To date, leaving aside the government’s allocation of over £6bn to prepare the country for a no-deal Brexit, the proposals include the recruitment of 20,000 more police officers, a cross-Pennine rail link between Manchester and Leeds, the reversal of cuts to government infrastructure programmes with up to £100bn of additional funding, a £50bn housing scheme and a review of stamp duty. Add to that more money for the NHS, social care, schools, universal rapid broadband, cuts in the upper rate of income tax and in company taxation, and a higher threshold for national insurance.

The government is abandoning its predecessor’s fiscal rules. These were to keep public borrowing to less than 2 per cent of national income by 2020/21, balance the budget in the mid-2020s, and secure a steady fall in net debt as a share of GDP.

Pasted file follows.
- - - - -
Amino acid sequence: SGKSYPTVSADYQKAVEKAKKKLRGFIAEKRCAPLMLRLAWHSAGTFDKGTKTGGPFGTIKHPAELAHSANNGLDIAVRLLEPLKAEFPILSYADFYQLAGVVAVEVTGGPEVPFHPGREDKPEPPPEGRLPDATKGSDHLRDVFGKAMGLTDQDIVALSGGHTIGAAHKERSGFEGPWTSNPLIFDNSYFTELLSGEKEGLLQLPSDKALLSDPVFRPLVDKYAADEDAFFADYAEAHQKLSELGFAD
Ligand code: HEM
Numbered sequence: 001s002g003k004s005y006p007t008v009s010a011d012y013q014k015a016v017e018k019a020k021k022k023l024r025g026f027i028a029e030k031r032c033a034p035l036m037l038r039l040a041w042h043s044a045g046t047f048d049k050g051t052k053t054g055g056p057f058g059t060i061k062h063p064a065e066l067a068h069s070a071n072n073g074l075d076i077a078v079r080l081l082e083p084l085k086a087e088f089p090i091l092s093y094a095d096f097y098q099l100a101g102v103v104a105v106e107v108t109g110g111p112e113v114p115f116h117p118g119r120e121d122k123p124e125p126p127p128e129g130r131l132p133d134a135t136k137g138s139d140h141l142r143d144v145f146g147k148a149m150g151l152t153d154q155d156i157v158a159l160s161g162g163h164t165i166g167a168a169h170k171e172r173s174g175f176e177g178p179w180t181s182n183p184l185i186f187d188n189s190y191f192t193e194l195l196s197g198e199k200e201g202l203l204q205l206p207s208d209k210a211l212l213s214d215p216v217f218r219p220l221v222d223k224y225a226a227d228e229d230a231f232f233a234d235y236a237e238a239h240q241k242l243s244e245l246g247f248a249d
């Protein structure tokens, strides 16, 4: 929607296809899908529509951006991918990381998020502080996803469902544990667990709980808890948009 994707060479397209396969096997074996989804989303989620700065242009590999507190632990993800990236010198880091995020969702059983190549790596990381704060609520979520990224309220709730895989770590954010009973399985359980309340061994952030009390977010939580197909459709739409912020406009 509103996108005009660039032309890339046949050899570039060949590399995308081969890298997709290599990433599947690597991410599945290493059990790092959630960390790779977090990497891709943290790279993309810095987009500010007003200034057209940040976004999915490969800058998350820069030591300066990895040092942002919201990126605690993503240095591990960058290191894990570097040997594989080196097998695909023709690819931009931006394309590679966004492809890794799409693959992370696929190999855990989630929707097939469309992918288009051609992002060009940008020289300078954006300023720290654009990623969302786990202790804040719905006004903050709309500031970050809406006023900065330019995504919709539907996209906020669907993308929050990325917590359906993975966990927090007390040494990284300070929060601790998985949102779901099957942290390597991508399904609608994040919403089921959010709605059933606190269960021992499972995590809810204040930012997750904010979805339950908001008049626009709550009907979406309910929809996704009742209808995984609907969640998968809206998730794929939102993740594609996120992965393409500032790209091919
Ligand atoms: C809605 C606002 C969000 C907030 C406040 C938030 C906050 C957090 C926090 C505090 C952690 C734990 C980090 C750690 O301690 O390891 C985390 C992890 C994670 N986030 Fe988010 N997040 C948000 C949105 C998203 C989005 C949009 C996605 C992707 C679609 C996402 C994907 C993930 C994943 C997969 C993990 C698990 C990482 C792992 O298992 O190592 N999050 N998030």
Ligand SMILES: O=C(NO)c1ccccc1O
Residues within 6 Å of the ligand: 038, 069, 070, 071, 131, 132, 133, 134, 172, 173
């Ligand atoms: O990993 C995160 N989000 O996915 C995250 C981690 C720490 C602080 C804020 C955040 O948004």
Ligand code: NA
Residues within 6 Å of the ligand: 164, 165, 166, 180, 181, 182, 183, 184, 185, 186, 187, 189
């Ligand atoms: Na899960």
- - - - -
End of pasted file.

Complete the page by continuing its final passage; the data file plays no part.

Since the start of May, moreover, UK monetary conditions have eased significantly, with the pound falling by 6 per cent on a trade-weighted basis, and slightly more against the euro and the US dollar. This slump may not be over if the government’s threat to leave the EU without a deal is carried out. Furthermore, interest rate markets are now priced for a 55 per cent chance of reduction in the Bank of England’s policy rate of 0.75 per cent, before the end of 2019.

Boris, boosterism and going for broke

The principal focus though will be on the government’s fiscal plans. True, on a 12-month rolling basis, public sector net borrowing is now at about £25bn, less than one-sixth of what it was in 2009 and a little over 1 per cent of GDP. So there is room for flexibility. No one would blink much if the deficit rose to, say, 3 per cent of GDP for a year or two, which would involve an additional £30-40bn of fiscal easing.